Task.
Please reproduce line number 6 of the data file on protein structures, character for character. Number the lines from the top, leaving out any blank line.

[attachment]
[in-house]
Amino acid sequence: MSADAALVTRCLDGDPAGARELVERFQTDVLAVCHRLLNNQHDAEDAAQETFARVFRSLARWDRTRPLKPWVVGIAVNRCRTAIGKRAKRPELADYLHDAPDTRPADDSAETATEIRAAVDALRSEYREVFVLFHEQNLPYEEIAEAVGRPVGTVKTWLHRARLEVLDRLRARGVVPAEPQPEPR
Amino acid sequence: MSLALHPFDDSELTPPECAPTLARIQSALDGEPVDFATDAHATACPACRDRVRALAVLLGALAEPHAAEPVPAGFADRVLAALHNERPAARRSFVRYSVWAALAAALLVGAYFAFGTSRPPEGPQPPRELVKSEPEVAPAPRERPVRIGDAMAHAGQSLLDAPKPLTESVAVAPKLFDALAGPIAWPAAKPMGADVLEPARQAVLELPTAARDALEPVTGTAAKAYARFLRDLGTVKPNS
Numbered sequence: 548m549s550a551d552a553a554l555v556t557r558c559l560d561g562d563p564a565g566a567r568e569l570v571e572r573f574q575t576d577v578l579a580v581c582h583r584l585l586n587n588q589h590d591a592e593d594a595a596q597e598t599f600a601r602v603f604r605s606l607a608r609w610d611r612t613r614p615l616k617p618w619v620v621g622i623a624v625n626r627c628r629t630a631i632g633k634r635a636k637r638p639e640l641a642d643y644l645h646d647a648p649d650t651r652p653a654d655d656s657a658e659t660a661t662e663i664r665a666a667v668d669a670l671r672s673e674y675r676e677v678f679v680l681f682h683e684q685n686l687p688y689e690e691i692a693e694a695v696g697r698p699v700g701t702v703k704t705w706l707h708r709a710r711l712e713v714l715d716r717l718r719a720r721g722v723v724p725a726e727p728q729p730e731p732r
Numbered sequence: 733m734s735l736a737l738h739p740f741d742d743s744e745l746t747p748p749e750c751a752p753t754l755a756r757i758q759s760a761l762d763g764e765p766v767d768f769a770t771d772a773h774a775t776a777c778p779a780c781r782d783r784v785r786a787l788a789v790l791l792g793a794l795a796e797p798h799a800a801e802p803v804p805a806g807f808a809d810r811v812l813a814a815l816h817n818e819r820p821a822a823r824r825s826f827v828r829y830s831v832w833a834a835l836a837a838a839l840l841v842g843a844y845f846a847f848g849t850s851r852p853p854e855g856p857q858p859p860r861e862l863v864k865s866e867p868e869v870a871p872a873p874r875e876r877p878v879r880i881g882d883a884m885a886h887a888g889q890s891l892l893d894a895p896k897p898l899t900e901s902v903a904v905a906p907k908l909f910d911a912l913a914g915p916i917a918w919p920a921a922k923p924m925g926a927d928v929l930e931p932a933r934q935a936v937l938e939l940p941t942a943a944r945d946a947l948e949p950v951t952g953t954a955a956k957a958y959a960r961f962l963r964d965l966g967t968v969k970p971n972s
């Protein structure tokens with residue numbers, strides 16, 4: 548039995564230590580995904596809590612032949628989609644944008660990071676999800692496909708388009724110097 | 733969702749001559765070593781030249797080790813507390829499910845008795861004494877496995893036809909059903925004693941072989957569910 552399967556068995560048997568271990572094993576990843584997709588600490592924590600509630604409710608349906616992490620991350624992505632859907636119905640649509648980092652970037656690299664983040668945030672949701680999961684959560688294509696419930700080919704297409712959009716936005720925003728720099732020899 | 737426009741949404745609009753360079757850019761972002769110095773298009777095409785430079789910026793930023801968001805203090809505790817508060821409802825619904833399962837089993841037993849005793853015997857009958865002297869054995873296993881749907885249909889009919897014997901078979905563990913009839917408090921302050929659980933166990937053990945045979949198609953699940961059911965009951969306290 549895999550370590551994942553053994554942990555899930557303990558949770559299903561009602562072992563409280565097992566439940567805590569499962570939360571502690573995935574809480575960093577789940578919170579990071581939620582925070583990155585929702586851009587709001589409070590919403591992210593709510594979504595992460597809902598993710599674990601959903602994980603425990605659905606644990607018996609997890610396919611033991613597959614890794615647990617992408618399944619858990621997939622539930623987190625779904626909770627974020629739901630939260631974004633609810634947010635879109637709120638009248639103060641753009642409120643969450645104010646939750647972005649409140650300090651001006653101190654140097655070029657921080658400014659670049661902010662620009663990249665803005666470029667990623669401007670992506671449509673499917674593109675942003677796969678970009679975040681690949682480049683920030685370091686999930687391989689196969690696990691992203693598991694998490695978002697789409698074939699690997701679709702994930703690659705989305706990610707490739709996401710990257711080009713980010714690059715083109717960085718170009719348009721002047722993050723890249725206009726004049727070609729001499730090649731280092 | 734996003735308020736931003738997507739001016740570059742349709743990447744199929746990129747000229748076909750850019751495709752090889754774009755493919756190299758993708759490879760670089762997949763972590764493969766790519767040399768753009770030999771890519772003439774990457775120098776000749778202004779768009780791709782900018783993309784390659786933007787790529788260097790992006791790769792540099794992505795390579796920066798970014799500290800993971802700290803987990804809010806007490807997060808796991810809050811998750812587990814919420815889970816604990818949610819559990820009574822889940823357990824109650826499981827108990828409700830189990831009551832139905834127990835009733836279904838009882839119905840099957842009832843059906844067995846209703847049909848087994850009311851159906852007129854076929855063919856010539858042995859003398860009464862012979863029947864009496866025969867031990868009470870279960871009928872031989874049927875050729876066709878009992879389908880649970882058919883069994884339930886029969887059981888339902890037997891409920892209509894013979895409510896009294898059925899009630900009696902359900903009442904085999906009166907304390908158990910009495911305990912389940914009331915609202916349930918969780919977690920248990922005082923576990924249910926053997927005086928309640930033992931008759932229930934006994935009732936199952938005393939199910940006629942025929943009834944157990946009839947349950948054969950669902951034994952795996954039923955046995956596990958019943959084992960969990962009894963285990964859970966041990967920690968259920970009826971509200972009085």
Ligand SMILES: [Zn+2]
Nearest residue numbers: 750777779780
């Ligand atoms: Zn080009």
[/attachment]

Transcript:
């Protein structure tokens with residue numbers, strides 16, 4: 548039995564230590580995904596809590612032949628989609644944008660990071676999800692496909708388009724110097 | 733969702749001559765070593781030249797080790813507390829499910845008795861004494877496995893036809909059903925004693941072989957569910 552399967556068995560048997568271990572094993576990843584997709588600490592924590600509630604409710608349906616992490620991350624992505632859907636119905640649509648980092652970037656690299664983040668945030672949701680999961684959560688294509696419930700080919704297409712959009716936005720925003728720099732020899 | 737426009741949404745609009753360079757850019761972002769110095773298009777095409785430079789910026793930023801968001805203090809505790817508060821409802825619904833399962837089993841037993849005793853015997857009958865002297869054995873296993881749907885249909889009919897014997901078979905563990913009839917408090921302050929659980933166990937053990945045979949198609953699940961059911965009951969306290 549895999550370590551994942553053994554942990555899930557303990558949770559299903561009602562072992563409280565097992566439940567805590569499962570939360571502690573995935574809480575960093577789940578919170579990071581939620582925070583990155585929702586851009587709001589409070590919403591992210593709510594979504595992460597809902598993710599674990601959903602994980603425990605659905606644990607018996609997890610396919611033991613597959614890794615647990617992408618399944619858990621997939622539930623987190625779904626909770627974020629739901630939260631974004633609810634947010635879109637709120638009248639103060641753009642409120643969450645104010646939750647972005649409140650300090651001006653101190654140097655070029657921080658400014659670049661902010662620009663990249665803005666470029667990623669401007670992506671449509673499917674593109675942003677796969678970009679975040681690949682480049683920030685370091686999930687391989689196969690696990691992203693598991694998490695978002697789409698074939699690997701679709702994930703690659705989305706990610707490739709996401710990257711080009713980010714690059715083109717960085718170009719348009721002047722993050723890249725206009726004049727070609729001499730090649731280092 | 734996003735308020736931003738997507739001016740570059742349709743990447744199929746990129747000229748076909750850019751495709752090889754774009755493919756190299758993708759490879760670089762997949763972590764493969766790519767040399768753009770030999771890519772003439774990457775120098776000749778202004779768009780791709782900018783993309784390659786933007787790529788260097790992006791790769792540099794992505795390579796920066798970014799500290800993971802700290803987990804809010806007490807997060808796991810809050811998750812587990814919420815889970816604990818949610819559990820009574822889940823357990824109650826499981827108990828409700830189990831009551832139905834127990835009733836279904838009882839119905840099957842009832843059906844067995846209703847049909848087994850009311851159906852007129854076929855063919856010539858042995859003398860009464862012979863029947864009496866025969867031990868009470870279960871009928872031989874049927875050729876066709878009992879389908880649970882058919883069994884339930886029969887059981888339902890037997891409920892209509894013979895409510896009294898059925899009630900009696902359900903009442904085999906009166907304390908158990910009495911305990912389940914009331915609202916349930918969780919977690920248990922005082923576990924249910926053997927005086928309640930033992931008759932229930934006994935009732936199952938005393939199910940006629942025929943009834944157990946009839947349950948054969950669902951034994952795996954039923955046995956596990958019943959084992960969990962009894963285990964859970966041990967920690968259920970009826971509200972009085």